Just inferior to the thalamus and on either side of the pineal gland, we can see these two bumps which are the superior colliculi or superior colliculus for singular. The superior colliculi are located on the dorsal aspect of the midbrain. Now, they are relay station for the reflex movements of the eyes and pupillary reflexes. The commissure of the superior colliculi connects the right and left superior colliculi while the brachium of the superior colliculus connects them to the corresponding lateral geniculate body.
Next, we're going to be then showing the inferior colliculus or colliculi. The two inferior colliculi also found on the dorsal aspect of the midbrain are located just below the superior colliculi which, if you remember, they're here. The inferior colliculi are the synaptic relay station of the auditory pathway. The commissure of the inferior colliculus connects the left and right inferior colliculi as well as receiving fibers from the lateral lemniscus of the contralateral side, whereas the brachium of the inferior colliculus connects the medial geniculate nucleus to the inferior colliculus. Now, please note that the inferior colliculi together with the superior colliculi form the quadrigeminal plate. We can also see here another view – or a posterior view – of the inferior colliculi.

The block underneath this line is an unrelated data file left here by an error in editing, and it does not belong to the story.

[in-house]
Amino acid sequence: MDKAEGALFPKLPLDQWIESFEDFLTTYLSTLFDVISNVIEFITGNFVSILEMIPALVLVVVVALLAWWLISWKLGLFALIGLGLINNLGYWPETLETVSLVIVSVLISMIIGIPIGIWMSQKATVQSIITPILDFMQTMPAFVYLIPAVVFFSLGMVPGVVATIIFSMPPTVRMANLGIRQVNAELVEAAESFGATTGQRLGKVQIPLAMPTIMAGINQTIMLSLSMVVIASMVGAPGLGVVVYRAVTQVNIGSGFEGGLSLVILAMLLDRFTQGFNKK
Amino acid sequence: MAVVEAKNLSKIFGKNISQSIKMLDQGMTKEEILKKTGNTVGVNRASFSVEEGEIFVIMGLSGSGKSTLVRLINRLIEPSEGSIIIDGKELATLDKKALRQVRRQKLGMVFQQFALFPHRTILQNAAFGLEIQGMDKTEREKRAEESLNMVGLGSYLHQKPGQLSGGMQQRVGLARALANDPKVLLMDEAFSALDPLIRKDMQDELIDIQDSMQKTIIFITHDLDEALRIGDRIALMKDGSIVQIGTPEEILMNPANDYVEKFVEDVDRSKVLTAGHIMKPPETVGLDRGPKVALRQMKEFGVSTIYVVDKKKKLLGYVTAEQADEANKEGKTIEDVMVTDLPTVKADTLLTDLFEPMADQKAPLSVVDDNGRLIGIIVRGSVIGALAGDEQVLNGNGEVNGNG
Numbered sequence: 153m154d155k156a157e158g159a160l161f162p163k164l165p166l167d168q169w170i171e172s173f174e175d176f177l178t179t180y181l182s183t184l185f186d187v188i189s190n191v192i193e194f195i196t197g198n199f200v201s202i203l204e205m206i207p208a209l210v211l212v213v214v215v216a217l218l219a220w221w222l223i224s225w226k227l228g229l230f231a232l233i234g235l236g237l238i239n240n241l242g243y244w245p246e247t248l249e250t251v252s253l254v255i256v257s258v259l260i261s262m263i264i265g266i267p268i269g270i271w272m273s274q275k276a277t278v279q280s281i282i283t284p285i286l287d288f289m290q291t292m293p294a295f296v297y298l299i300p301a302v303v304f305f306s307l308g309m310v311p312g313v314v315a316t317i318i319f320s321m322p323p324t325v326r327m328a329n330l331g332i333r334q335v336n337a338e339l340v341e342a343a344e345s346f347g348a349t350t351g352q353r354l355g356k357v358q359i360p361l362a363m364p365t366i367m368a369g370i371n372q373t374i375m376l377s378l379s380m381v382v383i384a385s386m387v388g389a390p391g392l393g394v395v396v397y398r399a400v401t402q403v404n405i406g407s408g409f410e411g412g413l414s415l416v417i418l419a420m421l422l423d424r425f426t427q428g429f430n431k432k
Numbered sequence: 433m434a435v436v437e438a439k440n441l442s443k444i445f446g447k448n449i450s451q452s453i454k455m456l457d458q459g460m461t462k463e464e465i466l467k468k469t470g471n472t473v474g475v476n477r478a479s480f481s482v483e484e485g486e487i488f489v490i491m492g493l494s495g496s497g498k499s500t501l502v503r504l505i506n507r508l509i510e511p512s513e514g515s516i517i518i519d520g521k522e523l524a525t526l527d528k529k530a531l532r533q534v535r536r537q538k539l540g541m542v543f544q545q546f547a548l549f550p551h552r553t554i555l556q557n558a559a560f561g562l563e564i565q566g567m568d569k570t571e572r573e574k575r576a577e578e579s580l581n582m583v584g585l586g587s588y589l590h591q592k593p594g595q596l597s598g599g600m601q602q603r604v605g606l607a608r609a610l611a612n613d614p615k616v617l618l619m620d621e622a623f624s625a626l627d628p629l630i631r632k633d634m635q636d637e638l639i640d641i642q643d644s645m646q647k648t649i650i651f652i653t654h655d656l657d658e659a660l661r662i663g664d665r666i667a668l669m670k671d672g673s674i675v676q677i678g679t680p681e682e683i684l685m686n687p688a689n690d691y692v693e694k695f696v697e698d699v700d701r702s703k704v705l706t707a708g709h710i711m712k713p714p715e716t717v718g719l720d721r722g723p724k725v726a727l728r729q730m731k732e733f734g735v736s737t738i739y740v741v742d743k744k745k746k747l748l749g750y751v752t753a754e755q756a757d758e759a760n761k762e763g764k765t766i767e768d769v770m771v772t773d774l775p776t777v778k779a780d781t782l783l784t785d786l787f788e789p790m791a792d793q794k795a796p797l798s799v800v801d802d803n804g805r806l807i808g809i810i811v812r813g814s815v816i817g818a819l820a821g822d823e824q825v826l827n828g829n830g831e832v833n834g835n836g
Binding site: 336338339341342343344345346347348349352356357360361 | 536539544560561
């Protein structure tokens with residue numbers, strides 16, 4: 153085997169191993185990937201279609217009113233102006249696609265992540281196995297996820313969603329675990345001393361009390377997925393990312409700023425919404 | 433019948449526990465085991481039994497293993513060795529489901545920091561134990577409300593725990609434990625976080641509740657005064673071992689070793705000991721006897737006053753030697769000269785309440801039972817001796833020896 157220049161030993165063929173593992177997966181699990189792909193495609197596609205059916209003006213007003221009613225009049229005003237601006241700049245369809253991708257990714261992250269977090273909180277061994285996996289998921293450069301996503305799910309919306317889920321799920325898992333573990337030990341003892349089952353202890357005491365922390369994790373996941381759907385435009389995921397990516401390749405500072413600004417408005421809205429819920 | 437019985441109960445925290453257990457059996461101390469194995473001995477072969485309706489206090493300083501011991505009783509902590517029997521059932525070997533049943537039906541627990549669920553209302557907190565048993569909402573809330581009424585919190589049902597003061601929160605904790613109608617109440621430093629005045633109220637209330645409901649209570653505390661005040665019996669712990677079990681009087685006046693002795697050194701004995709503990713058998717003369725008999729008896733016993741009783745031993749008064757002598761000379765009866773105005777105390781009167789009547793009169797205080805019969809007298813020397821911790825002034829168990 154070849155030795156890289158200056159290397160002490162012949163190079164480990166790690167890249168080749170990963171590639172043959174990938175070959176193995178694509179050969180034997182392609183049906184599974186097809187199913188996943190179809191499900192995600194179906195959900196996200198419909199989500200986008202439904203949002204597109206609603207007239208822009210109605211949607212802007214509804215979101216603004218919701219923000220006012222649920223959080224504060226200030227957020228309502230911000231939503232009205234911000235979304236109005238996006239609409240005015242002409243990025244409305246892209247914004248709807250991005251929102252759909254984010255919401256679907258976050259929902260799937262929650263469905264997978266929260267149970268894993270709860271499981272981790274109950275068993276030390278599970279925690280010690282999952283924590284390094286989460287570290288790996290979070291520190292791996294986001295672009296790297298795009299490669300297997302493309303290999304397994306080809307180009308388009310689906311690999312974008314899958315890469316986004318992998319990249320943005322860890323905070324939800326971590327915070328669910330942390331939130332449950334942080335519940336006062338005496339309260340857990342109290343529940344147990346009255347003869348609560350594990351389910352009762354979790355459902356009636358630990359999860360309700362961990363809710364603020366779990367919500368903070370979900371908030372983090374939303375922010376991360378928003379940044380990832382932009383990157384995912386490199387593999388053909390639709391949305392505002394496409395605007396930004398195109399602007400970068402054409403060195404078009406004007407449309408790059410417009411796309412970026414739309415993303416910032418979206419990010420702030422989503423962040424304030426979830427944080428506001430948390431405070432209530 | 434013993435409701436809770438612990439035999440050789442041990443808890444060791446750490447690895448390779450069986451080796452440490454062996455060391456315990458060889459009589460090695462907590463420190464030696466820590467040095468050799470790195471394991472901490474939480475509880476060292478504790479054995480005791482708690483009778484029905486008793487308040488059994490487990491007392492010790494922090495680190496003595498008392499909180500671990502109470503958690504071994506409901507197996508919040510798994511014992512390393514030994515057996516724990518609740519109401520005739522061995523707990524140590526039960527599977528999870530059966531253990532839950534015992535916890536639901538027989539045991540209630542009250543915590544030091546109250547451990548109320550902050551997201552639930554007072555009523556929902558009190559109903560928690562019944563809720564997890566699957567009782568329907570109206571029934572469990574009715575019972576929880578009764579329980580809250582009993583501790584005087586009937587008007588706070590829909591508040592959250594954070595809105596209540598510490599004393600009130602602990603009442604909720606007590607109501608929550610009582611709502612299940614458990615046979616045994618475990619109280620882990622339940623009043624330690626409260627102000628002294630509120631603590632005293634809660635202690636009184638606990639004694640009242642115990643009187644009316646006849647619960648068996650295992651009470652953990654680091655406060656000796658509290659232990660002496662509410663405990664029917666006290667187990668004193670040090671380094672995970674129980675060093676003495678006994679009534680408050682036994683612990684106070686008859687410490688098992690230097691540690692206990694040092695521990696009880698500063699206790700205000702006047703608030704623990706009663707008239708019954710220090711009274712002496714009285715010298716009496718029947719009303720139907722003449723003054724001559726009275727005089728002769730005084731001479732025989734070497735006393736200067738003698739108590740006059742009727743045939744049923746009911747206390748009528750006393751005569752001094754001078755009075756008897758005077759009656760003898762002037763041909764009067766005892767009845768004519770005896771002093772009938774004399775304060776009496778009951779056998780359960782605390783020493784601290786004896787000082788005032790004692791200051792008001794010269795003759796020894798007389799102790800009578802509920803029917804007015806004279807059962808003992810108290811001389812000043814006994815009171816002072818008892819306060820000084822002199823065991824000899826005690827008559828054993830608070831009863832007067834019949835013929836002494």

Finally, on this tutorial, we will only see a small portion of the superior surface of this structure here highlighted in green, this is the cerebellum. The cerebellum which has an outer grey matter – cortex – and a whiter matter internally in which masses of grey matter known as the cerebellar nuclei are found. If you remember the location in your skull of the cerebellum – yes, it is located on the posterior cranial fossa. The name cerebellum comes from the Latin meaning "small brain" which is kind of similar – it's where you can see here on this illustration why it's so small. So, it is a smaller brain.
The cerebellum plays an important role in motor control. It does not initiate movement but rather it modifies the motor commands of the descending pathways to make movements more adaptive and accurate. I will not be covering the parts of the cerebellum in this tutorial but please look at our tutorials here where we cover the cerebellum in a bit more detail.